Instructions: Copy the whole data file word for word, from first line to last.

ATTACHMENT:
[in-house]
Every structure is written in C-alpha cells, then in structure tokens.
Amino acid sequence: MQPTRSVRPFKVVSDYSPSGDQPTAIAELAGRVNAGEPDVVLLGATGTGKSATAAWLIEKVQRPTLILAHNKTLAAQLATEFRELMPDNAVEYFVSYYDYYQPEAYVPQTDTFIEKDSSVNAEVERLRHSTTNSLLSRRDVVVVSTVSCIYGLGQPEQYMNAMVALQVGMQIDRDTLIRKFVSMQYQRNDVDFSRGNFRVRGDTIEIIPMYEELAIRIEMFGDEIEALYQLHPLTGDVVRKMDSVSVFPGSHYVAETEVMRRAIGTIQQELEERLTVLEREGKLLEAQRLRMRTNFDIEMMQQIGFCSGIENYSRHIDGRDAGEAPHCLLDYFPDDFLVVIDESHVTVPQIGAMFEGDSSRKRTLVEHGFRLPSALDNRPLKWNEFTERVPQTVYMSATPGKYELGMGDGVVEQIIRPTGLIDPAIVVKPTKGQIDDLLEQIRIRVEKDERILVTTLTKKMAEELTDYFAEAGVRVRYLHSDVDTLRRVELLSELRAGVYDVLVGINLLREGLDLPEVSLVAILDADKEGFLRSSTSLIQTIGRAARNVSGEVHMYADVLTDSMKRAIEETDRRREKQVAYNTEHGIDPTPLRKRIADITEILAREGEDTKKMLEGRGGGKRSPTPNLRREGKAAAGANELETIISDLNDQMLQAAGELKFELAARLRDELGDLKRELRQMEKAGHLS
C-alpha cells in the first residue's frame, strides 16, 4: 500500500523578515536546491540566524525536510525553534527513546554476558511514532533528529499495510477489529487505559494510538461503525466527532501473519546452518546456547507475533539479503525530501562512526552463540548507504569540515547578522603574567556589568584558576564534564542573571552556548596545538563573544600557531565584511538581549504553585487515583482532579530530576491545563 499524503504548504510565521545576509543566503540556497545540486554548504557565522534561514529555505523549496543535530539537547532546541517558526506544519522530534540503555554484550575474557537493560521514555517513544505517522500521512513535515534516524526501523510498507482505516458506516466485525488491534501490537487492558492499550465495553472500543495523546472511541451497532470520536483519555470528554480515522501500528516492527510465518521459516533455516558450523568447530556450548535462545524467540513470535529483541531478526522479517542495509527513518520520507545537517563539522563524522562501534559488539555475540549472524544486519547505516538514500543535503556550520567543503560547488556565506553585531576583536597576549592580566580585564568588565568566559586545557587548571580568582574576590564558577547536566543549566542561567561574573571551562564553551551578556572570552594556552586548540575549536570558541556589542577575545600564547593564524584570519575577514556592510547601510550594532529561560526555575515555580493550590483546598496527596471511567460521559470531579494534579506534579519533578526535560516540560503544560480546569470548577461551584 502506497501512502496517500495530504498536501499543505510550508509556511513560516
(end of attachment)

[in-house]
Every structure is written in C-alpha cells, then in structure tokens.
Amino acid sequence: MQPTRSVRPFKVVSDYSPSGDQPTAIAELAGRVNAGEPDVVLLGATGTGKSATAAWLIEKVQRPTLILAHNKTLAAQLATEFRELMPDNAVEYFVSYYDYYQPEAYVPQTDTFIEKDSSVNAEVERLRHSTTNSLLSRRDVVVVSTVSCIYGLGQPEQYMNAMVALQVGMQIDRDTLIRKFVSMQYQRNDVDFSRGNFRVRGDTIEIIPMYEELAIRIEMFGDEIEALYQLHPLTGDVVRKMDSVSVFPGSHYVAETEVMRRAIGTIQQELEERLTVLEREGKLLEAQRLRMRTNFDIEMMQQIGFCSGIENYSRHIDGRDAGEAPHCLLDYFPDDFLVVIDESHVTVPQIGAMFEGDSSRKRTLVEHGFRLPSALDNRPLKWNEFTERVPQTVYMSATPGKYELGMGDGVVEQIIRPTGLIDPAIVVKPTKGQIDDLLEQIRIRVEKDERILVTTLTKKMAEELTDYFAEAGVRVRYLHSDVDTLRRVELLSELRAGVYDVLVGINLLREGLDLPEVSLVAILDADKEGFLRSSTSLIQTIGRAARNVSGEVHMYADVLTDSMKRAIEETDRRREKQVAYNTEHGIDPTPLRKRIADITEILAREGEDTKKMLEGRGGGKRSPTPNLRREGKAAAGANELETIISDLNDQMLQAAGELKFELAARLRDELGDLKRELRQMEKAGHLS
C-alpha cells in the first residue's frame, strides 16, 4: 500500500523578515536546491540566524525536510525553534527513546554476558511514532533528529499495510477489529487505559494510538461503525466527532501473519546452518546456547507475533539479503525530501562512526552463540548507504569540515547578522603574567556589568584558576564534564542573571552556548596545538563573544600557531565584511538581549504553585487515583482532579530530576491545563 499524503504548504510565521545576509543566503540556497545540486554548504557565522534561514529555505523549496543535530539537547532546541517558526506544519522530534540503555554484550575474557537493560521514555517513544505517522500521512513535515534516524526501523510498507482505516458506516466485525488491534501490537487492558492499550465495553472500543495523546472511541451497532470520536483519555470528554480515522501500528516492527510465518521459516533455516558450523568447530556450548535462545524467540513470535529483541531478526522479517542495509527513518520520507545537517563539522563524522562501534559488539555475540549472524544486519547505516538514500543535503556550520567543503560547488556565506553585531576583536597576549592580566580585564568588565568566559586545557587548571580568582574576590564558577547536566543549566542561567561574573571551562564553551551578556572570552594556552586548540575549536570558541556589542577575545600564547593564524584570519575577514556592510547601510550594532529561560526555575515555580493550590483546598496527596471511567460521559470531579494534579506534579519533578526535560516540560503544560480546569470548577461551584 502506497501512502496517500495530504498536501499543505510550508509556511513560516